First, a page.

By Ian Pollock
Personal finance reporter, BBC News
Abbey, the country's second biggest mortgage lender, is making a clear play to attract more customers, especially first-time buyers.
The Bank of England keeps a close eye on mortgage lending
By offering its most credit worthy customers as much as five times their incomes as a home loan, it hopes to bring in a lot of business.
Citing the current era of low interest rates and high house prices, Abbey says it is "sensible" to offer bigger loans than before.
"We are making sure we are not just handing out the money and getting people into debt they cannot afford," says Abbey's David Stewart.
If you cannot get together a suitably large deposit then the bank will lend you less.
Will all this set a new trend in the mortgage market, with five times mortgages becoming common place?
Bernard Clarke of the Council of Mortgage Lenders (CML) doubts it.
He points out it will not even be a standard offer for Abbey's own customers.
"Only a very small number of them will be able to qualify," he says.
However, the bank's move reflects a wider problem for mortgage lenders.
"What we are seeing are lenders trying to devise ways of dealing with the fact that house prices have been rising much faster than peoples' incomes," says Mr Clarke.
If Abbey is successful in grabbing a larger slice of the new mortgage market, then other experts argue that rival lenders may copy its example.
"If the other lenders find they are losing market share to the Abbey over the next six-to-nine months, other lenders may follow suit" says Ed Stansfield at Capital Economics.
In fact, lenders have become steadily more generous over the last few years.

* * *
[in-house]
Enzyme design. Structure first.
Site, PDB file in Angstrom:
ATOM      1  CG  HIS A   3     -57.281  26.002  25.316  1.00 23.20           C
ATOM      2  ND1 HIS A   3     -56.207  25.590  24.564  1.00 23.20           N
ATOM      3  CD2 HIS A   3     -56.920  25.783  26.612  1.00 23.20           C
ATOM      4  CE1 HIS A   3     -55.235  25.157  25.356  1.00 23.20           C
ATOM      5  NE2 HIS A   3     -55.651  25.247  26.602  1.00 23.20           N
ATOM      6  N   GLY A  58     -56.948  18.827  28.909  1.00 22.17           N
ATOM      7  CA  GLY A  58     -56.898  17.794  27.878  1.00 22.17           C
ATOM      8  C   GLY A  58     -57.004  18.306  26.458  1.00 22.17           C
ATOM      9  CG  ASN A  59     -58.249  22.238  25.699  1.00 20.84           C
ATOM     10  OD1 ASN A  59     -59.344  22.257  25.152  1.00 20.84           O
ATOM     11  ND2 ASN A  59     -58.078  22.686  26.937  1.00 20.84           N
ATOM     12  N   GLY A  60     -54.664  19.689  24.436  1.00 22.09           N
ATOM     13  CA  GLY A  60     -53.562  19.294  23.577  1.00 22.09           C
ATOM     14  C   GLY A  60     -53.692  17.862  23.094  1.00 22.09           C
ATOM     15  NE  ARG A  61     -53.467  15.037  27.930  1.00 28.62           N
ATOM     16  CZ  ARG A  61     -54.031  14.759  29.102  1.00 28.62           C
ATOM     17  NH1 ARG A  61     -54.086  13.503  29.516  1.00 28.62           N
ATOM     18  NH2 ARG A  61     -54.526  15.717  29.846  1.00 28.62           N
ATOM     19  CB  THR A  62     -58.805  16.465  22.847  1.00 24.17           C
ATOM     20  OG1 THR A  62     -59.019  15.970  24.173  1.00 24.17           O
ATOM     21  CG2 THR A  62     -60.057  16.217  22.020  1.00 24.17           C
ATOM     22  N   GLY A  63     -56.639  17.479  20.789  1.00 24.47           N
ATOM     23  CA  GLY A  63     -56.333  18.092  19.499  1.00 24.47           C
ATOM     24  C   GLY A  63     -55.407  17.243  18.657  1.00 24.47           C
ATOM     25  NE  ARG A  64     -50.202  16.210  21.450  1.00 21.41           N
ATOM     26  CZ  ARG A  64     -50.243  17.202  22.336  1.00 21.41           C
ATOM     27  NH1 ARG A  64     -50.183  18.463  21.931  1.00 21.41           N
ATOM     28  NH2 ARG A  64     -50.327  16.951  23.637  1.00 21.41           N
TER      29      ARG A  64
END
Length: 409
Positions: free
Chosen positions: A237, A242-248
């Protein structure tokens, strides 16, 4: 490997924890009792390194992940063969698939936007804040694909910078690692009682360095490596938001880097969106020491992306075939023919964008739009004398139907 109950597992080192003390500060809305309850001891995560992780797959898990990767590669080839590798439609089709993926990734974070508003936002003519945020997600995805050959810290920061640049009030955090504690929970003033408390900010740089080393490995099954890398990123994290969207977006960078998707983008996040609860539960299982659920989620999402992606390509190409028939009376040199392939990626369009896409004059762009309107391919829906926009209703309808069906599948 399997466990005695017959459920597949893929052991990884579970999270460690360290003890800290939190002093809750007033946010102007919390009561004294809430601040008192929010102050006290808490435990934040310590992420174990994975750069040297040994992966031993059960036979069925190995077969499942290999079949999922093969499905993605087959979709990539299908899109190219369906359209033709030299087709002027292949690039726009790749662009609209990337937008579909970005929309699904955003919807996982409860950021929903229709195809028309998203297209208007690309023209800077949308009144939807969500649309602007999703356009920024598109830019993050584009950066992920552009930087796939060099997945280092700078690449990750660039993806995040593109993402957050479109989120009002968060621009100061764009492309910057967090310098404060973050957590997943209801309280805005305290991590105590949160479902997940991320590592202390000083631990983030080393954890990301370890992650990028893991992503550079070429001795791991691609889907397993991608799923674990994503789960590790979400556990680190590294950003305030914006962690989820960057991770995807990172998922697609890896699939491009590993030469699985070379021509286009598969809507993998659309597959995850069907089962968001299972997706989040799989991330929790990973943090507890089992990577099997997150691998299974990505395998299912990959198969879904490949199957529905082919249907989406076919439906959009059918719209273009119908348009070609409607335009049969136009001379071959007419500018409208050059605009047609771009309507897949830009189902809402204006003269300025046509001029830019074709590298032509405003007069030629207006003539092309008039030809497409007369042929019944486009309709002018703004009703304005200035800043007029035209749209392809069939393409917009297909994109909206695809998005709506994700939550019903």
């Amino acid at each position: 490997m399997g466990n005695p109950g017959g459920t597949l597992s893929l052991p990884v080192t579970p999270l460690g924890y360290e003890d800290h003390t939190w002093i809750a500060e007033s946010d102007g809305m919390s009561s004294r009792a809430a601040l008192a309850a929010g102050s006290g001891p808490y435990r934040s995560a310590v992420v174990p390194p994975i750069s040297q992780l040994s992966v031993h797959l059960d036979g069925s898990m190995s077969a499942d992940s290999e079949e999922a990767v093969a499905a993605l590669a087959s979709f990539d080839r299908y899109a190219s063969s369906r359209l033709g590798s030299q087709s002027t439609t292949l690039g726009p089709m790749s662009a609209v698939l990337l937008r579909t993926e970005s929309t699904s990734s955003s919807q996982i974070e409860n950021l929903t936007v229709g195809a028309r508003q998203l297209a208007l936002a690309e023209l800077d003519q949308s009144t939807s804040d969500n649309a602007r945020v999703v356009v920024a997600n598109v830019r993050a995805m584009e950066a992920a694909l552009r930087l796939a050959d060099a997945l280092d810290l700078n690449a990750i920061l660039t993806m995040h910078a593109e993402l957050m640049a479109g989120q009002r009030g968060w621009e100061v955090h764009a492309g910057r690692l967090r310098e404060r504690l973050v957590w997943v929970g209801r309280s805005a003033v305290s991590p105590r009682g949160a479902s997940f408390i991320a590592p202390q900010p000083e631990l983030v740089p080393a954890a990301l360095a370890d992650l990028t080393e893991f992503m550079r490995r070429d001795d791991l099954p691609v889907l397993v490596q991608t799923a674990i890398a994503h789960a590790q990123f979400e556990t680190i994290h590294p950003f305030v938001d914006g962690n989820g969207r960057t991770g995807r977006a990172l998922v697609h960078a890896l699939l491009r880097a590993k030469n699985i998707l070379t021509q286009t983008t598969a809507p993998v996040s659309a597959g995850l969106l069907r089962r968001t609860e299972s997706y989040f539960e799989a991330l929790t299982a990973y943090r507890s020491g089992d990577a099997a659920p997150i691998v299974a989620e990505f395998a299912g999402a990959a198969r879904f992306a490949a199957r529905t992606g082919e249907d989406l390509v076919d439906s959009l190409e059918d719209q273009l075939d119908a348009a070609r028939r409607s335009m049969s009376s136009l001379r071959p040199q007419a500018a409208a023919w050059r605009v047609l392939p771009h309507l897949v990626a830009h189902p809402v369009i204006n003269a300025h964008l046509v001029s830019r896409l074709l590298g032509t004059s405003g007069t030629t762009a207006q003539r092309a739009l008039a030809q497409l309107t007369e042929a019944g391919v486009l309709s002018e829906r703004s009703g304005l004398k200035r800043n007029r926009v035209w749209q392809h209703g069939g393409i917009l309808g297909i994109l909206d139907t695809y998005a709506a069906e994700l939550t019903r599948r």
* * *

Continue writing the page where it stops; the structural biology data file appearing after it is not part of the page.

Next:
"Actual borrowing multiples have been rising for some time," says Milan Katri, chief economist at the Royal Institution of Chartered Surveyors.
"The economy has been more stable and interest rates have moved in a very narrow band, so they have been happy to lend more generously," he adds.
Abbey's more generous lending stance is not unique.
Northern Rock, the UK's fifth biggest mortgage lender, has been lending at this sort of multiple for a year now.
In fact there are more than 60 mortgage deals, available from different lenders, that offer more than the usual 3.5 times mortgage.
And a few will even offer some customers as much as 7.5 times their incomes.
No matter how carefully the lenders may calibrate their lending, the plain fact is that by lending at more generous multiples, more people will borrow more money than would have been the case before.
According to Saxon Brettell, a property market specialist at the leading consultancy Cambridge Econometrics, this will matter if things go wrong with the economy.
"There's a lot of fear in the minds of first-time buyers who see property apparently rising out of their grasp," he says.
"But if things do turn sour suddenly what will go first is the housing market."
The last boom-and-bust in the property market happened at the end of the 1980s and in the early 90s.
Chancellor Nigel Lawson helped inflate the 1980s house price boom
The 80s house price boom had been going on for several years when it was given one final push.
The then Chancellor of the Exchequer, Nigel Lawson, used a budget speech to announce the end - in less than five months time - of double mortgage interest tax relief.
At the time, that was a major subsidy to mortgage holders.
Tens of thousands of people piled into the market in a desperate attempt to get onto the property ladder before - as they saw it - it was pulled out of their grasp forever.
But with general inflation soaring, the government nearly doubled interest rates from just over 7% in the spring of 1988 to nearly 15% in October a year later.
The results were crippling to millions of people - a recession, a crash in house prices and hundreds of thousands of home owners losing their jobs and seeing their homes repossessed because they could not keep up with repayments.
Of course, 2006 is not 1988 revisited.
General inflation and interest rates are much lower and have been for the past decade or so.
Abbey's move will probably not pour fuel on the fire of a booming property market in the way that Chancellor Lawson did.
But next week the Bank of England is widely expected to raise interest rates again to 5% because it is worried about inflation taking off.
If rates go even higher, then the appetite of borrowers to take on more debt might wane considerably.